If it wasn’t for the variety being provided by the streaming services available, then 2020 would be the leanest year for movies in decades. As a result of the Coronavirus pandemic, almost every major title has been pulled from the theatrical schedule and shifted into 2021 or sent exclusively to whichever streaming platform is either owned by the studio in question or pays the hefty distribution fee.
The industry has been on its knees for almost eight months, and the only signs of sustained recovery are being shown in China where local productions The Eight Hundred and My People, My Homeland have become the two highest-grossing movies globally after both raking in over $450 million each.
One positive is that 2021 is shaping up to be the most stacked year ever, although the immediate future is bleak for both the larger and smaller chains, with many of them seriously struggling for capital. Things have gotten so bad, in fact, that there are only five big budget films heading to theaters between now and the end of 2020, and even then there’s still the chance that they could end up getting yanked from the calendar.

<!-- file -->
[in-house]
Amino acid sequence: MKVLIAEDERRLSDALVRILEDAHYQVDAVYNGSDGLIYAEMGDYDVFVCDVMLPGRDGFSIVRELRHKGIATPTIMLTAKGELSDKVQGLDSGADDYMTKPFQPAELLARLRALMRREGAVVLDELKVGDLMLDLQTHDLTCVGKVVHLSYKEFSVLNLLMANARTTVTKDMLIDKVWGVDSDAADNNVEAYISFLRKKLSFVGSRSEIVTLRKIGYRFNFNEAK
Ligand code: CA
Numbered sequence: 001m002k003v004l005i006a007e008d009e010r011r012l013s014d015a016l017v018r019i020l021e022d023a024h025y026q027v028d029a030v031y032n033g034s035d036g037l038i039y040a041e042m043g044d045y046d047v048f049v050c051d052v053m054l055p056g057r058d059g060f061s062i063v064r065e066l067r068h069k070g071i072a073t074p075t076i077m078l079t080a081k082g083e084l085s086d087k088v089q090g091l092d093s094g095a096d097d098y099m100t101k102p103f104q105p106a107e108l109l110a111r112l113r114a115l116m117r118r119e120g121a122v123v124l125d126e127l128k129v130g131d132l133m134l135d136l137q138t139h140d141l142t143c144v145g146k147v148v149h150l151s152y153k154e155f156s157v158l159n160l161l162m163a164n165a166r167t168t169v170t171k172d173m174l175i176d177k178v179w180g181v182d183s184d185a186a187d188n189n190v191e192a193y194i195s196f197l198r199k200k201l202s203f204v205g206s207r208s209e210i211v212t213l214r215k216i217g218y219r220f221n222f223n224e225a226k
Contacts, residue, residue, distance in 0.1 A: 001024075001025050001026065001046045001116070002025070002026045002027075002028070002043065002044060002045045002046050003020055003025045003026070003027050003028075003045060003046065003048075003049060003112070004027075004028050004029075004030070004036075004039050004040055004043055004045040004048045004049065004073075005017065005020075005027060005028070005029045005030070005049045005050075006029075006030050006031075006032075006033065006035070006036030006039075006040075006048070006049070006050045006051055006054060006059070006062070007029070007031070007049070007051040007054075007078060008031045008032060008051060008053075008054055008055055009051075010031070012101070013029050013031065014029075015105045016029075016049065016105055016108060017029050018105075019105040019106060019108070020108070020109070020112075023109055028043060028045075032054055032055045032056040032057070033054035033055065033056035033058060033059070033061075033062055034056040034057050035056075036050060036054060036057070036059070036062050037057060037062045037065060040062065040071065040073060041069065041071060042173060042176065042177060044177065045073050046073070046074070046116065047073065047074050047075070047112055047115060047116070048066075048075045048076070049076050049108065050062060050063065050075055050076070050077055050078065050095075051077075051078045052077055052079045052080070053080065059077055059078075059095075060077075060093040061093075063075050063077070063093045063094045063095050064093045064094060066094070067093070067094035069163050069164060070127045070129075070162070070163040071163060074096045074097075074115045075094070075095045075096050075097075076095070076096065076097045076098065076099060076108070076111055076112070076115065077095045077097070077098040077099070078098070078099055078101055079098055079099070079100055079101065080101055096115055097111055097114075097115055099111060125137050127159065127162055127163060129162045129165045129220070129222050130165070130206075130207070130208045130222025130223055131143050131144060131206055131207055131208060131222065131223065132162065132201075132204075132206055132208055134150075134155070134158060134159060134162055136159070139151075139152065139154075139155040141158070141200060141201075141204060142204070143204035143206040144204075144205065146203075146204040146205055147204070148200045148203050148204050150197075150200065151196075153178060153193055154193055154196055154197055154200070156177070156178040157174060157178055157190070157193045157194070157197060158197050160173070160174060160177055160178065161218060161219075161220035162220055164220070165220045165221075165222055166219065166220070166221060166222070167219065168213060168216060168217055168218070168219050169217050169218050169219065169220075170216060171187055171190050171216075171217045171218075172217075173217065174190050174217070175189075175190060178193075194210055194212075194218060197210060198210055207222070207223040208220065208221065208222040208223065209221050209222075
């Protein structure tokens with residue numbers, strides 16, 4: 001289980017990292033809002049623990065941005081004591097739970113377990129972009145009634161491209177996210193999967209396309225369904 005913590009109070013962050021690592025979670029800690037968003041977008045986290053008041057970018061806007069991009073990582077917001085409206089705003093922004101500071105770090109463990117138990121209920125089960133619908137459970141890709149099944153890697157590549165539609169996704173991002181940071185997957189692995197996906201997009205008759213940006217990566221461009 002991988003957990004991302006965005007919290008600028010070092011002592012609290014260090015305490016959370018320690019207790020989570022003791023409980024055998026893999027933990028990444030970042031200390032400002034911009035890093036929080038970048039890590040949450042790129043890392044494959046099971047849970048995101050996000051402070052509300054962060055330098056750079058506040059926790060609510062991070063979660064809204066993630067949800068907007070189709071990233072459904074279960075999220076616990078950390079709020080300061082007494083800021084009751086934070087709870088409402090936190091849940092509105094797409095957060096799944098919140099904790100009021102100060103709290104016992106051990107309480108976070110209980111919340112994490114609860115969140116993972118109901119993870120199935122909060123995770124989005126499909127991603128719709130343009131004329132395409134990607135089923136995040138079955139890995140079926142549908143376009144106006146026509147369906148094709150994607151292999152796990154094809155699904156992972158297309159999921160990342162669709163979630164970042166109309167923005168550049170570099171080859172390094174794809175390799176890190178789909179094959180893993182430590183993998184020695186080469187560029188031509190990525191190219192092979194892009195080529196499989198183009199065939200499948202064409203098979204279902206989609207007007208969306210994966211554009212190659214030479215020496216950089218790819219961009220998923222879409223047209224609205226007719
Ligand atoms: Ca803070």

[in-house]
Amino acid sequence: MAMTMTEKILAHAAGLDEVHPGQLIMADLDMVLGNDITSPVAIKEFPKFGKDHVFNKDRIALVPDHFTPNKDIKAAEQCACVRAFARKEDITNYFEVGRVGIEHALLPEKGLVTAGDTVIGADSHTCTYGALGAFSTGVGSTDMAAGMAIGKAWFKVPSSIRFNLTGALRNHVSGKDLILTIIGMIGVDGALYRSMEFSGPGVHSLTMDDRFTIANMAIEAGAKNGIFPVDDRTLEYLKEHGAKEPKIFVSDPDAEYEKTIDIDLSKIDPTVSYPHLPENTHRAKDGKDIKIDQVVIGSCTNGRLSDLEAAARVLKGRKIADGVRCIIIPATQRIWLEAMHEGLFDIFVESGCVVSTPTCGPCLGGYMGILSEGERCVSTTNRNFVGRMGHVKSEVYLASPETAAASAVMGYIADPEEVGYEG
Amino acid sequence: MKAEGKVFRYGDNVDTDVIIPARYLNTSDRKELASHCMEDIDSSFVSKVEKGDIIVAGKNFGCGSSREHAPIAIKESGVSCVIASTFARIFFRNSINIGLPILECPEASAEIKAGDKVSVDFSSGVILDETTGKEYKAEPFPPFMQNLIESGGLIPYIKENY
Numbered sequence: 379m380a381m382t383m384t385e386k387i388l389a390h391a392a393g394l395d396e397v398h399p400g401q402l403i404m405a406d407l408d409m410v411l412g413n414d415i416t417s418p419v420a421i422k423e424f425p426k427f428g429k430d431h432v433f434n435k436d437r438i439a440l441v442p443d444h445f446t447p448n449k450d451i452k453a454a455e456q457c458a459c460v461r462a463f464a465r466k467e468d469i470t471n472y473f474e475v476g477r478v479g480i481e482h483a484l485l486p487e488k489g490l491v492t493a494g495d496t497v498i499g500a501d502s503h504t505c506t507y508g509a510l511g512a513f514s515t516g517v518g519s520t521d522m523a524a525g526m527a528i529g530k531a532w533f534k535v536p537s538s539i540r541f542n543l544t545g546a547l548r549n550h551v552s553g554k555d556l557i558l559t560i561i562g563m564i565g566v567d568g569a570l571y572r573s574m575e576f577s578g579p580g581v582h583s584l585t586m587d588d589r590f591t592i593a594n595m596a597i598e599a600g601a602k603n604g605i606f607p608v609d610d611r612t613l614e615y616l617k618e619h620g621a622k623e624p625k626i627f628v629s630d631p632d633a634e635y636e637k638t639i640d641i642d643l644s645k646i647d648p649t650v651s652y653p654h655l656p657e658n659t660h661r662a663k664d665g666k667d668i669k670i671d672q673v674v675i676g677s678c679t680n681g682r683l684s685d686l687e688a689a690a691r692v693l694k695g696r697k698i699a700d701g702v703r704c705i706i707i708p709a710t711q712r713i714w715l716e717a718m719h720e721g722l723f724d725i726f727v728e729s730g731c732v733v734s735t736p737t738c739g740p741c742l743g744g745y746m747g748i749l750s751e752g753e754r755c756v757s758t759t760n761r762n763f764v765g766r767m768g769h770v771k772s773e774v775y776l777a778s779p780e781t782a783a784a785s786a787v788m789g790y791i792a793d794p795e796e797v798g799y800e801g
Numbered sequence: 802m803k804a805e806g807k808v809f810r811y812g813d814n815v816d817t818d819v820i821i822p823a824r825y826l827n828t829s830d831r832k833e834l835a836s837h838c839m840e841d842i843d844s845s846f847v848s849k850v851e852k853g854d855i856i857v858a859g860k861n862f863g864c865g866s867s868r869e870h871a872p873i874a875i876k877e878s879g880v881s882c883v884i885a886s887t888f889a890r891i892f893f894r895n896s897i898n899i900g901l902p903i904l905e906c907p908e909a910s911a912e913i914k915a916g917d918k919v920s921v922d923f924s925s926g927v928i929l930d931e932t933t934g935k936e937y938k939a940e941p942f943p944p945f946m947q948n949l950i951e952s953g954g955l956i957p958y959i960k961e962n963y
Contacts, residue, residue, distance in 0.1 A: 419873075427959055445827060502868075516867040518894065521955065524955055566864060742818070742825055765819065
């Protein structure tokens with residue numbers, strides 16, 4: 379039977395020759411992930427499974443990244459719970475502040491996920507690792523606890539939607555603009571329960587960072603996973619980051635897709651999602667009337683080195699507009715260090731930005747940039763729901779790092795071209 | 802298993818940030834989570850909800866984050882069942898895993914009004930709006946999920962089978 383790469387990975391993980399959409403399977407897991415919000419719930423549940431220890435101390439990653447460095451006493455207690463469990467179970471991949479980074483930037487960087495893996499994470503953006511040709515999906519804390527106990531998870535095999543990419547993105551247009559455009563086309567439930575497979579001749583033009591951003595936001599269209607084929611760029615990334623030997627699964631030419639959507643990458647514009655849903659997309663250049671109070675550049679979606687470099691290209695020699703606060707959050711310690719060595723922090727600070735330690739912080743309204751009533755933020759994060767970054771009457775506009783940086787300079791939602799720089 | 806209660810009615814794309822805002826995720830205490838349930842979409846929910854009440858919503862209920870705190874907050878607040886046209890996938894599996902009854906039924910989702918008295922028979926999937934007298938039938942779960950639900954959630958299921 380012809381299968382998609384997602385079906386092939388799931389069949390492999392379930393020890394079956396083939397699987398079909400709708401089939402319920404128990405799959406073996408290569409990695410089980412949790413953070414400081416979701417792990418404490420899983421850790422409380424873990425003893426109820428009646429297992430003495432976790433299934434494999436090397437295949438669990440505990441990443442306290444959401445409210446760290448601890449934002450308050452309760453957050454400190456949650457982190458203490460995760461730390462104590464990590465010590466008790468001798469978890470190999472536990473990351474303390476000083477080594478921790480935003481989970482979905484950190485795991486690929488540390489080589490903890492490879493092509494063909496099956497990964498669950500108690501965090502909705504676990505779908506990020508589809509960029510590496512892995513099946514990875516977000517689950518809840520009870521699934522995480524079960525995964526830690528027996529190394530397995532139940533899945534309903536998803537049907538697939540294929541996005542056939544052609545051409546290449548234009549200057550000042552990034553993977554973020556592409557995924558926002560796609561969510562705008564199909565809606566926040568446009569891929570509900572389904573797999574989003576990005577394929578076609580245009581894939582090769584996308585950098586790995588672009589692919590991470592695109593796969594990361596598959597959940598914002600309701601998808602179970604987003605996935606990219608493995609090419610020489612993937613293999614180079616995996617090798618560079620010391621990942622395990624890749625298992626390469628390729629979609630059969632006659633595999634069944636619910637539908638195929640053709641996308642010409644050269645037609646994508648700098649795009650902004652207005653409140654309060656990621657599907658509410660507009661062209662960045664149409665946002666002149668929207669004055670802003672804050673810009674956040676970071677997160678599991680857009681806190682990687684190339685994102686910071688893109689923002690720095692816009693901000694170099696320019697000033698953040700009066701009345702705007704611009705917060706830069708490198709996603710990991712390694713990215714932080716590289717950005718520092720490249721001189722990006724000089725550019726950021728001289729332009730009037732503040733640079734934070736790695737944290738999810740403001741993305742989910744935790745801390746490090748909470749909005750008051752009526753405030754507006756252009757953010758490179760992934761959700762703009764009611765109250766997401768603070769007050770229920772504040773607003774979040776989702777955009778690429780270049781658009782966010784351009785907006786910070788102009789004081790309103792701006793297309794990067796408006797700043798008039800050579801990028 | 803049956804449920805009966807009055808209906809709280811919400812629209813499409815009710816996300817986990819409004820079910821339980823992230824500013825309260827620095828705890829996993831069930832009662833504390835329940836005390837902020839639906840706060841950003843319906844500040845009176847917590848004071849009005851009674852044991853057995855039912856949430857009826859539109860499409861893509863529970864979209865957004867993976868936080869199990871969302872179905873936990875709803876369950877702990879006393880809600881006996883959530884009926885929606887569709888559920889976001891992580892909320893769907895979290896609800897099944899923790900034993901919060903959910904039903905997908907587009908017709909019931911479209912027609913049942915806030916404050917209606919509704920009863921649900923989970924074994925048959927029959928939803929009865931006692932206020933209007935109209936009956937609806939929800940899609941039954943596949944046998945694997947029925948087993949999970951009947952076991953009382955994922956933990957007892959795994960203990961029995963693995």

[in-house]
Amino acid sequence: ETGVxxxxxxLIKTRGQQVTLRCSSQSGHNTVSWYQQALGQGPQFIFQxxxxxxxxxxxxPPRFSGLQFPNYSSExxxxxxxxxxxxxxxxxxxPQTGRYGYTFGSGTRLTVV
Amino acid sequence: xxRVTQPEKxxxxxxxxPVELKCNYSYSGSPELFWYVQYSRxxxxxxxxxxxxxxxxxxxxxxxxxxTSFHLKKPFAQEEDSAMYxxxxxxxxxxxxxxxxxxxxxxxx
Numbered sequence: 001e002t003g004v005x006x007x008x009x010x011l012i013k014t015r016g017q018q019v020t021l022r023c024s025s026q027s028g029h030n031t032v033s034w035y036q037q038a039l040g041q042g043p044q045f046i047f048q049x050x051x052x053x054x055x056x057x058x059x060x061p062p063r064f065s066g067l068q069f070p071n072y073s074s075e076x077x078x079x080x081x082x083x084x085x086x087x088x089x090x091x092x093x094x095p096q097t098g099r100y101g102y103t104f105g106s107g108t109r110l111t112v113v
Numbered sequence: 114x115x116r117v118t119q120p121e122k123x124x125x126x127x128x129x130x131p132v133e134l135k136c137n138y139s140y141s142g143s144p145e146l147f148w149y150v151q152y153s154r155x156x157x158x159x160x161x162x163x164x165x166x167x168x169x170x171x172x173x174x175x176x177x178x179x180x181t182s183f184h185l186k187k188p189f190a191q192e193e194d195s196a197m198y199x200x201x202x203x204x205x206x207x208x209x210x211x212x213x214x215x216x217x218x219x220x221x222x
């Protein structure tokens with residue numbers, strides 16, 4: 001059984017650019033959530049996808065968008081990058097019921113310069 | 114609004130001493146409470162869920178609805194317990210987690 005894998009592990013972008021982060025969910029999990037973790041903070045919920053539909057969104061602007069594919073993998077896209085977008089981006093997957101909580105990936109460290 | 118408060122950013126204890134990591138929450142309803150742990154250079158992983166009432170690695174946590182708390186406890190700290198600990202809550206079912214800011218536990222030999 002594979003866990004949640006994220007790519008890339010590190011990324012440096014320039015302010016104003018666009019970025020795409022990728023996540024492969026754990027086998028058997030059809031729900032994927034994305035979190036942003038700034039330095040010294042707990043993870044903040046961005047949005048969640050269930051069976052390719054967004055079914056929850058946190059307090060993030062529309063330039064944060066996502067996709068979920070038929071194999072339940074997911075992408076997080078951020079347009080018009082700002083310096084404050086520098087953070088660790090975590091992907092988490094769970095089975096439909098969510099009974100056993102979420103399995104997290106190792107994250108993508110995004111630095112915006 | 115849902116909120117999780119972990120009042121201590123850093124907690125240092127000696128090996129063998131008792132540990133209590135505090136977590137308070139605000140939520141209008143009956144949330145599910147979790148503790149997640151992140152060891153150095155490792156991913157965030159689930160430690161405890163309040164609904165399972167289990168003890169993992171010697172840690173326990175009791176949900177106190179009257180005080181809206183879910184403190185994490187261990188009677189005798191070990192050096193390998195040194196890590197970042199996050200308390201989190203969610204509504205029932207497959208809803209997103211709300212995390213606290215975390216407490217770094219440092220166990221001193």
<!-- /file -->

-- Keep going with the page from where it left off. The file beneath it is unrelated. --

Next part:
The Croods: A New Age is the only major release set for November (arriving on the 25th), while December brings Ryan Reynolds’ action blockbuster Free Guy (the 11th), Kenneth Branagh’s sequel Death on the Nile (the 18th), Wonder Woman 1984 (the 25th) and Paul W.S. Anderson’s video game adaptation Monster Hunter (the 30th). That’s a very thin lineup, but at least the world of streaming has plenty of great movies still to come including Hillbilly Elegy, Mank and Ma Rainey’s Black Bottom on Netflix, Eddie Murphy’s long awaited follow-up Coming 2 America on Amazon Prime Video and Pixar’s Soul debuting on Disney Plus on Christmas Day.